We have a web server with an application - there is a large data array attached to the application via a mount point. We have to fulfill the requirement of securing in-transit data and at-rest data. This application is designed to host a repository of files, which are encrypted immediately post-upload, and decrypted pre-download.

The in-transit data encryption is satisfied with the use of TLS.

However, the requirements around at-rest data are a bit more stringent:

  • Data must be encrypted prior to saving to filesystem
  • Data must be encrypted in such a way that the stored key will expire (cannot be used to encrypt or decrypt data after xx/xx/xxxx)
  • Keys must be rotated (when a key expires, it will be replaced by a new key)
  • Ideally, this will be done without first decrypting the file, and then re-encrypting it with the new key.

Is there such an encryption method that will satisfy these kinds of requirements? The only two things that immediately come to my mind are x509 certificates and JWT signing (which is totally different, but similar process).

Is this even possible? I am by no means a security guru, so anything helps.

  • 3
    An encryption key is just some bits. A key itself does not expire. Even an expired certificate can be used since the user can simply ignore the expiration information. Thus what you want is not possible to enforce using specific keys. It is only possible to have processes around the use of keys which adhere to the restrictions you want and then declare that only these processes must be use to deal with the keys. This is similar to password policies - a password in itself does not expire, but all the processes which deal with passwords can implement policies to enforce password expiration. Aug 3 '21 at 6:14
  • 2
    Does this answer your question? Time-limited encryption, Expiring Decryption Key, Expiring AES Key. Aug 3 '21 at 6:56

Ideally, this will be done without first decrypting the file, and then re-encrypting it with the new key.

This part, at least, is easy. Each item, when uploaded, gets a symmetric (e.g. AES) "item encryption key" (IEK) that is unique, totally random, and never stored in plain text anywhere at all (except in RAM and CPU registers while encrypting or decrypting). The item is encrypted with that IEK, and then the IEK is itself encrypted (or "wrapped") with the rotating key that is common to multiple items. The wrapped IEK is stored persistently, along with the encrypted item. This way, when you need to rotate keys, you just decrypt the IEKs with the old rotating key, and re-encrypt them with the new one, and overwrite the old wrapped IEKs in storage. This approach is widely used for encrypting data at rest (e.g. encrypted files, storage volumes, databases, data within databases, password vaults, email and chat message histories, etc.).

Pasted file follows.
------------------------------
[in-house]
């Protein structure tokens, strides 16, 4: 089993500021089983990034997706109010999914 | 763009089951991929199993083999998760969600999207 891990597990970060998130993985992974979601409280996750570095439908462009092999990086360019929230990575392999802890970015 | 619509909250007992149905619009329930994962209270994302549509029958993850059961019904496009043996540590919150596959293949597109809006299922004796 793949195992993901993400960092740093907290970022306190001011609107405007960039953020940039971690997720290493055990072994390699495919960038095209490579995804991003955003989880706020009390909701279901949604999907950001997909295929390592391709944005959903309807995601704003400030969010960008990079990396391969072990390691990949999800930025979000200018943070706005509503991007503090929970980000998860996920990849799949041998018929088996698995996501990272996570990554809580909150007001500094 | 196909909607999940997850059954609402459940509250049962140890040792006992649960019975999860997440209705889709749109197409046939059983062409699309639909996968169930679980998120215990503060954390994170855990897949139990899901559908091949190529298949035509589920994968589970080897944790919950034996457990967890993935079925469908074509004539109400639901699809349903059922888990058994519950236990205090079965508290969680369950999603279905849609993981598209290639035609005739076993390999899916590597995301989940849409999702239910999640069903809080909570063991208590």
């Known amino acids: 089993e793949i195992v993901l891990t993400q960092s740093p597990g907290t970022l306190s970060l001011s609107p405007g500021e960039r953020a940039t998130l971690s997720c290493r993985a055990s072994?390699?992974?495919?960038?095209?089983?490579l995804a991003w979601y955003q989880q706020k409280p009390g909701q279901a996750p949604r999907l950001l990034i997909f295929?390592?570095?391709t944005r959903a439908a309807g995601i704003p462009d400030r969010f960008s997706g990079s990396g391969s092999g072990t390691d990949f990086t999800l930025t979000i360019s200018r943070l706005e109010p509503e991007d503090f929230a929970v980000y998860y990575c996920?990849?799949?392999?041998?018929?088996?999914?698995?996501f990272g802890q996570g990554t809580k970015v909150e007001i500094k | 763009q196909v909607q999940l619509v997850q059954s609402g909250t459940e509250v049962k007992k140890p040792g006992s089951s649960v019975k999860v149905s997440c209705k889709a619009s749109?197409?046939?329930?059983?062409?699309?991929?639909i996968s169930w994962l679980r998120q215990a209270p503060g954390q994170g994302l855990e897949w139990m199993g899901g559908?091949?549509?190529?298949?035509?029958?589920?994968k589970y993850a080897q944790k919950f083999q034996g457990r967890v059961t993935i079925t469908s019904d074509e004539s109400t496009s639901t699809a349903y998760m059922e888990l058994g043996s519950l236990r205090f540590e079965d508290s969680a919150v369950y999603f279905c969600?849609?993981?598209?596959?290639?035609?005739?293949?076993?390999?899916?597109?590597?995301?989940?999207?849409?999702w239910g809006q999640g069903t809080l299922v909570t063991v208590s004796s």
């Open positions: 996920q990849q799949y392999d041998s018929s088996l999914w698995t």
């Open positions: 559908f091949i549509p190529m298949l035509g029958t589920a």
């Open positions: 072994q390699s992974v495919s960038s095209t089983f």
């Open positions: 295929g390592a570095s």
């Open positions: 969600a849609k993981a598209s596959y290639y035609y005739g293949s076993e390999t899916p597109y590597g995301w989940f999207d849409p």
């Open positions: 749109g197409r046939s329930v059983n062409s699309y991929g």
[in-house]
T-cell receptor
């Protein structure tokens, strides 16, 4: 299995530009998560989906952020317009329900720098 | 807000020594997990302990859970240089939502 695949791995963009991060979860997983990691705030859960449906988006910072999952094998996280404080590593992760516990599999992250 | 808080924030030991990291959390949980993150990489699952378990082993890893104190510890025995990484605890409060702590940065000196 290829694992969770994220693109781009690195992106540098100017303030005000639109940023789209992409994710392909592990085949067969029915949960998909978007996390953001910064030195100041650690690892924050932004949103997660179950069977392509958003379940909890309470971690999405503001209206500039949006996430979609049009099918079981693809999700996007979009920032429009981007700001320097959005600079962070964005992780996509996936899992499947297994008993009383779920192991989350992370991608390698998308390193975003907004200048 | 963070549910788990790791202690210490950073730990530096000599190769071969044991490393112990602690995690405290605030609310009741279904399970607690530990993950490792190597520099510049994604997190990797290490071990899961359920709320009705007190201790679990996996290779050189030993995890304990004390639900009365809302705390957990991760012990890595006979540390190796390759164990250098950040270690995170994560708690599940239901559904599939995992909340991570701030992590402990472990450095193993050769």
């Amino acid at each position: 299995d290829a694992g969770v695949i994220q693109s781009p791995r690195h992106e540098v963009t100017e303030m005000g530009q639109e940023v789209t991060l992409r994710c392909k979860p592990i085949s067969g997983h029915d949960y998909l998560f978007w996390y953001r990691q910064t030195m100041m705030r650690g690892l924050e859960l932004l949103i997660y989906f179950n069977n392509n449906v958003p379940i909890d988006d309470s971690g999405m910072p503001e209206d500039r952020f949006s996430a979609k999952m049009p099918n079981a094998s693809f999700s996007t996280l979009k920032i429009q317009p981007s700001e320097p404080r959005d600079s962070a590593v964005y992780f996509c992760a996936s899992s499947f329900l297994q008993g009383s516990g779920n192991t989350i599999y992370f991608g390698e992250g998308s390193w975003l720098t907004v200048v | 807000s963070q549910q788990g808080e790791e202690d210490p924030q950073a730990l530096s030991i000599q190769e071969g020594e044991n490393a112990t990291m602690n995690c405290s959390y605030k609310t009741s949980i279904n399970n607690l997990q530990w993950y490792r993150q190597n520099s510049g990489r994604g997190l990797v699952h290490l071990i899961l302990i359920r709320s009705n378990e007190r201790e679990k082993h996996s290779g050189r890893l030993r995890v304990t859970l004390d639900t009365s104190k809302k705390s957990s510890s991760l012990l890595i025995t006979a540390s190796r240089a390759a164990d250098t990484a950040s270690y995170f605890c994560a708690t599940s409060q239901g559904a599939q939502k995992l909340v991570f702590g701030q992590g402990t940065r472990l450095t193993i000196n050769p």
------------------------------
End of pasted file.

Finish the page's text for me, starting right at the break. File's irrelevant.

However, as the comments under your question point out, there is no technical solution in the world for expiring a key such that it can't be used anymore. A key is just a series of bits, or a really big number if you prefer; cryptography is just doing complicated math with it. Similarly, JWTs and X.509 certs don't actually expire in any technical sense; they have a "not valid after" field, but it's up to whatever is consuming them (the validating server, or the TCP client, or whatever) to know the current date+time correctly, to check it against the JWT/cert, and to decide what to do with the result. If the validating party has the wrong time info, or fails to do that check correctly, or wants to ignore the result, it can still accept the JWT or cert. As a practical matter the validating party generally won't do that, because it's trying to protect itself; it's not the attacker, and the attacker does not get to decide. But that isn't always the case. For example, it's entirely possible to use the public key from an expired cert to verify a signature that was created using the corresponding private key. It doesn't even matter whether the cert was already expired when the private key was used, or not. Similarly, it's entirely possible for an attacker to use a key you've already rotated out to decrypt data.

You can, of course, put policy barriers in place. They can even be implemented in software (this is, after all, what's going on when a browser refuses to accept a server's expired TLS cert, or a server refuses to accept a client's expired JWT). But the bits themselves are still there, and can still be used for the complicated math.

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